May 18, 2009
Under the joint
auspices of Malaysian Embassy, Indian Council for Cultural Relations and
Sallaudin Pasha's Ability Unlimited the show was mounted at Kamani Auditorium
in Delhi on 28 April 2009. I could catch up with the artistes a day before
I left for Bangalore for World Dance Day celebrations.
When in the
garden of love, Kamadeva generated passion, the courtesan/nayika and the
hero/nayaka's longing for each other evoked shringara. Ramli and Anandavalli
represented the nayaka and nayika.
For karuna (compassion) rasa, Anandavalli chose Kabir's Hindi bhajan. The seeking by devotee, the original spirit of compassion to save humanity from being victimized with misinterpretation of the spirit of religions finds a felicitous expression in Kabirís bhajan. Anandavalli presented it as a solo abhinaya number.
was shown with figures dancing, dressed in frills and jumping, creating
fun, whereas bibhatsa (disgust) had a group number which evoked disgust.
Bhaya (fear) was recognizable whereas roudra (anger) had dramatic moments
as seen in confrontation of sworn enemies provoking each other and swearing
threats and vengeance. We often see similar scenes in Kathakali dance dramas.
In the production under review, the aharya, the costumes, and the Balinese/Malay/
Indonesian dance vocabularies evoked the expected rasa. The use of kunnakol
like sollus to generate dramatic impact was imaginative. The finale for
shanta rasa strove to bring fulfillment, wholeness, images of divinity
evoking transcendence over attachment to worldliness.
A special word for Sivarajah Natarajan's light designing. I have used the word 'spectacular' for the production. His lighting indeed evoked the adbhuta rasa, wonderment. He bathed the dancers, with their exotic costumes, headgears, necklaces, flowing robes in brilliant colours. The props, one long branch hanging from the ceiling, and the other drift wood like on the floor, even when it looked strange, created curiosity. The visual impact was very powerful. The use of masks was also imaginative.
Guna, with his thin frame, performs with amazing agility. January Low with her beauty adds glamour and charm as do Sutra's other female dancers. Ramli has an arresting stage presence. Anandavalli displays her command over the idioms of Bharatanatyam and Kuchipudi, even after giving up dancing for last five years. But somehow, the pairing of Ramli as nayaka and she as nayika did not gel.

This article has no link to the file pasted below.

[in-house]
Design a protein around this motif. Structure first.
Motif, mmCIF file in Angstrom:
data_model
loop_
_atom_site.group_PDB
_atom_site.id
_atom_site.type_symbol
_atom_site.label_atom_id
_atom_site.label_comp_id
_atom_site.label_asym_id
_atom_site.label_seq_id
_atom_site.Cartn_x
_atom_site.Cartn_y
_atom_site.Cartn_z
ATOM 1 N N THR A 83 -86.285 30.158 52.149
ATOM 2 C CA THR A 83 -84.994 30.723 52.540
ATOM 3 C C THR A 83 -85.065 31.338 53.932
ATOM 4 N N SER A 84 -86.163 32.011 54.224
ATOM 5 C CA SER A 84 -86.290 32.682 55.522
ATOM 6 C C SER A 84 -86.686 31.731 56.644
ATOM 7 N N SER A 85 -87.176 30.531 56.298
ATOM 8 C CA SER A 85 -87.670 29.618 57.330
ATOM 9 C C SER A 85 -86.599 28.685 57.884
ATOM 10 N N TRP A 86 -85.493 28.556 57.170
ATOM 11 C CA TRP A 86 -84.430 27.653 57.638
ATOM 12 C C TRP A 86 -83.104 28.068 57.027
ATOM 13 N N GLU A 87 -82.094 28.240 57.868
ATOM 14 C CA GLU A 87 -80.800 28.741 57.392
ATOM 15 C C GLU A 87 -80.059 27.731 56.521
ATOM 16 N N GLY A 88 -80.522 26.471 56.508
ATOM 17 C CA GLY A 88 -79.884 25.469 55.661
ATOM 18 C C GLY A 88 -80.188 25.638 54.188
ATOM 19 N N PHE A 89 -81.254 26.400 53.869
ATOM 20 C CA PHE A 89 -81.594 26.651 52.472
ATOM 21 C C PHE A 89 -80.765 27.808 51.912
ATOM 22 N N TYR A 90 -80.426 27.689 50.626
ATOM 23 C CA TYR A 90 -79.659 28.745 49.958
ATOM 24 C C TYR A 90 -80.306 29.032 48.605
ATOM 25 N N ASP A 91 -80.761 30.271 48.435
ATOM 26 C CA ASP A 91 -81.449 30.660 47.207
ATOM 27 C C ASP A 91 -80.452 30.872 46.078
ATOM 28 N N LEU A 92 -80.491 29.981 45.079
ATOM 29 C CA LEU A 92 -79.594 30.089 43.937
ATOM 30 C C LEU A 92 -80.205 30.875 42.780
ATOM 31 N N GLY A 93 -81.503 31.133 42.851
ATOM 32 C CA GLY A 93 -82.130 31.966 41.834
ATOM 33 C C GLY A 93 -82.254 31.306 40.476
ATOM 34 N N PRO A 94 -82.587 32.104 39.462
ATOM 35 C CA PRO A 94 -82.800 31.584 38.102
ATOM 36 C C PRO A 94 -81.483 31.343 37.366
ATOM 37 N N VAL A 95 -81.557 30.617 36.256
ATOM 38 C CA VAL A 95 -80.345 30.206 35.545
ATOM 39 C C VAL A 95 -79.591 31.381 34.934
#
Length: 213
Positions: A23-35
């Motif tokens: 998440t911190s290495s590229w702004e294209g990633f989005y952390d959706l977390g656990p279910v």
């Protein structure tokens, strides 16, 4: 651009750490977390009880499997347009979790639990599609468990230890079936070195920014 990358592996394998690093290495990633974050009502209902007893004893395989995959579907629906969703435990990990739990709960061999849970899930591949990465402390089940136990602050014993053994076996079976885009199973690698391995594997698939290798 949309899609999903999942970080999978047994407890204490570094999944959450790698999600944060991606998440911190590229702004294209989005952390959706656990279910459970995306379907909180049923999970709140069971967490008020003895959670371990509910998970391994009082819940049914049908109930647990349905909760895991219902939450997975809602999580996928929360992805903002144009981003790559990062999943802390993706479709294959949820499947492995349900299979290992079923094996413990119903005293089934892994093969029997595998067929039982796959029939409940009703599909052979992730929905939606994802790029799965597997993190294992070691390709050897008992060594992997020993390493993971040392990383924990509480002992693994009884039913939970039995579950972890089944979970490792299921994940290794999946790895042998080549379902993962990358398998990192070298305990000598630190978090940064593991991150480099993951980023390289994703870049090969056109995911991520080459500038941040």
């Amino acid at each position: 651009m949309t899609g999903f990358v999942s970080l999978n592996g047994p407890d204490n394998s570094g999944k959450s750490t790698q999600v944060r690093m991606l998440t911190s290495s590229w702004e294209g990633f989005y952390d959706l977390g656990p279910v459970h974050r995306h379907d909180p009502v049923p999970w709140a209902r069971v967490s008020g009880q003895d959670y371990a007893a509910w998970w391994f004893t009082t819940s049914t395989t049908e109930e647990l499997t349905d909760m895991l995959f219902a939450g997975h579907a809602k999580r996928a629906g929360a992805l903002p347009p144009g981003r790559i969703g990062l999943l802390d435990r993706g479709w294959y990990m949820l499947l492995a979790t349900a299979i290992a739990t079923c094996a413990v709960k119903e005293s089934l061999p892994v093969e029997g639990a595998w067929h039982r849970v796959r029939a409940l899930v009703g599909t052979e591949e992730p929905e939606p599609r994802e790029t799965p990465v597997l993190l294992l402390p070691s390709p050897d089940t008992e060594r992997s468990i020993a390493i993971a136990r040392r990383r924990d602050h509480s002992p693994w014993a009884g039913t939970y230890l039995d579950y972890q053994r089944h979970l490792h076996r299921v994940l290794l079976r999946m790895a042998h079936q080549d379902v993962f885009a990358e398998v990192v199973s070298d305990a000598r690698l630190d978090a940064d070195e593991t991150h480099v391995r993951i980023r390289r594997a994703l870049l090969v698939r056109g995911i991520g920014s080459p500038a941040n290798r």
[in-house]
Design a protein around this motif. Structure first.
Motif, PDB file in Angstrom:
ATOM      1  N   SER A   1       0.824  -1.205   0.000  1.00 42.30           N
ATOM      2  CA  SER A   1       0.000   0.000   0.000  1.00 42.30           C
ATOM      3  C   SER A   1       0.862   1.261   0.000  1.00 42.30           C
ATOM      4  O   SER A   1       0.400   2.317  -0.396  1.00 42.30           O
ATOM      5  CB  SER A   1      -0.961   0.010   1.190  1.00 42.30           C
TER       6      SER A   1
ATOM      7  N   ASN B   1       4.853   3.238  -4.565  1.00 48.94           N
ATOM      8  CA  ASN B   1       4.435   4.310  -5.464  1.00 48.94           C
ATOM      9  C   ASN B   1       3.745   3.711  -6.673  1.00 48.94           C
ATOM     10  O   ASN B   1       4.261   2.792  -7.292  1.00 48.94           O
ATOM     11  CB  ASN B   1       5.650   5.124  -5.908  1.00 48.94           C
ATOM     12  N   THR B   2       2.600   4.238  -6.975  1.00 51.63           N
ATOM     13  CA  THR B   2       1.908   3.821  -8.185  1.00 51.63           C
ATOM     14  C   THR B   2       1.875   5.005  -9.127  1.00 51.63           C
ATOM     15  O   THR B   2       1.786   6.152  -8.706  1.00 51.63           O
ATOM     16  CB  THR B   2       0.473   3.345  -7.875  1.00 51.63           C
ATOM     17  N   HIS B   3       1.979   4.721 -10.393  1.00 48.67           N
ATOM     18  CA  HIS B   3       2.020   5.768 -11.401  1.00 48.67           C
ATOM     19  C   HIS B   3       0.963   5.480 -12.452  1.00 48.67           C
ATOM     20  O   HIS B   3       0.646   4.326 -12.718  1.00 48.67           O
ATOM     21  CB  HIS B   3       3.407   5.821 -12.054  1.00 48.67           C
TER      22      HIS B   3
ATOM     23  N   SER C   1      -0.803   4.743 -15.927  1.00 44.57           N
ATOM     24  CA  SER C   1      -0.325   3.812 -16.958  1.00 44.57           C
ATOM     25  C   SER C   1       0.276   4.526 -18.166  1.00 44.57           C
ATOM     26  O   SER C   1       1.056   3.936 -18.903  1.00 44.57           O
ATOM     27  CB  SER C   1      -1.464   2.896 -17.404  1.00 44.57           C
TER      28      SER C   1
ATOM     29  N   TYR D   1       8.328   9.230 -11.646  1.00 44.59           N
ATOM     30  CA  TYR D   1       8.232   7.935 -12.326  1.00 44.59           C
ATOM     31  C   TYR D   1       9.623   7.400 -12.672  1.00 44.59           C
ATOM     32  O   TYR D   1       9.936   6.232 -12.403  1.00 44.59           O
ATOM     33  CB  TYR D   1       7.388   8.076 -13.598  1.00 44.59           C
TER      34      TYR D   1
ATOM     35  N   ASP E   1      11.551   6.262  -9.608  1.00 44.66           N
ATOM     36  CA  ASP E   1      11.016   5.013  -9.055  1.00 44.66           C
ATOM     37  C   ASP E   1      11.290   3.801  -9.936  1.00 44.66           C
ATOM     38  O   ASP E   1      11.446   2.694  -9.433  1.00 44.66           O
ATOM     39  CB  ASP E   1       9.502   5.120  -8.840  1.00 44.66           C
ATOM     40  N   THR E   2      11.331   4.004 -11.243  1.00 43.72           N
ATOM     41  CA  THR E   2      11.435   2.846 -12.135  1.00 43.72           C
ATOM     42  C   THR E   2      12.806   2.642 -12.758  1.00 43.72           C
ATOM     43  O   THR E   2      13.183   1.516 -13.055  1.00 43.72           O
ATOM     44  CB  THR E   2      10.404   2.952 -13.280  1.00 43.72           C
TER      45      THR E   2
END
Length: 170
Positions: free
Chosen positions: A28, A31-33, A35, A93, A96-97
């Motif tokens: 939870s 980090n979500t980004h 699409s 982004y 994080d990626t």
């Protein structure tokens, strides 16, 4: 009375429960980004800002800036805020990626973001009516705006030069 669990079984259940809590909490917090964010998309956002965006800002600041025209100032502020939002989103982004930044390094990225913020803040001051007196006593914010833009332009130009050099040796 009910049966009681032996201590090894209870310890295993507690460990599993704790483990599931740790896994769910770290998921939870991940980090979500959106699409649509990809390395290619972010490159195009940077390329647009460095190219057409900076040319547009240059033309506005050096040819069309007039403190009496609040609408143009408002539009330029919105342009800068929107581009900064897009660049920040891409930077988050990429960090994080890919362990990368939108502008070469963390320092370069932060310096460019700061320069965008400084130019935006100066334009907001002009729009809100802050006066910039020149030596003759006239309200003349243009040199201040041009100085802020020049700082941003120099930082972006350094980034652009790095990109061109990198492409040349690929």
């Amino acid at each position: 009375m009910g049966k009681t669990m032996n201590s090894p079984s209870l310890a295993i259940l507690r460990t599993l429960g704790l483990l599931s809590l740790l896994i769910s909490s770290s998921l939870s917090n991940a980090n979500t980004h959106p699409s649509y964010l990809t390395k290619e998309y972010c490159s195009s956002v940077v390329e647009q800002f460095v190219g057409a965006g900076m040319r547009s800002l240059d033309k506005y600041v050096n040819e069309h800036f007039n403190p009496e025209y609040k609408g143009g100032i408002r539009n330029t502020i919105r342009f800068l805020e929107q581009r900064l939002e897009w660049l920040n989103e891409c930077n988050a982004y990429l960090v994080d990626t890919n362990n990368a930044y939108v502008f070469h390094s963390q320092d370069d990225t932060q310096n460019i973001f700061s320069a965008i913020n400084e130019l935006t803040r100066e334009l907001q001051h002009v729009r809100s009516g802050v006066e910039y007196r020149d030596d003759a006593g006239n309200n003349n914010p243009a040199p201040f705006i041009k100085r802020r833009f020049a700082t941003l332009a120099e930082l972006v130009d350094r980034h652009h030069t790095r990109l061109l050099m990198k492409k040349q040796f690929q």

As usual the
program book with detailed introductions, arresting images, interviews
and credits is published with impeccable taste and customary finesse one
has come to associate with Sutra Dance Theatre. Those who have seen Ramli's
other productions would feel that even when there was an unmistakable Sutra
Theatre production signature, the production remained at a spectacular
level at its best.
Dr. Sunil Kothari, dance historian, scholar, author, is a renowned dance critic, having written for The Times of India group of publications for more than 40 years. He is a regular contributor to Dance Magazine, New York. Dr. Kothari is a globetrotter, attending several national, international dance conferences and dance festivals. He has to his credit more than 14 definitive works on Indian classical dance forms. Kothari was a Fulbright Professor and has taught at the Dance Department, New York University; has lectured at several Universities in USA, UK, France, Australia, Indonesia and Japan. He has been Vice President of World Dance Alliance Asia Pacific (2000-2008) and is Vice President of World Dance Alliance Asia Pacific India chapter, based in New Delhi. A regular contributor to www.narthaki.com, Dr Kothari is honored by the President of India with the civil honor of Padma Shri and Sangeet Natak Akademi award.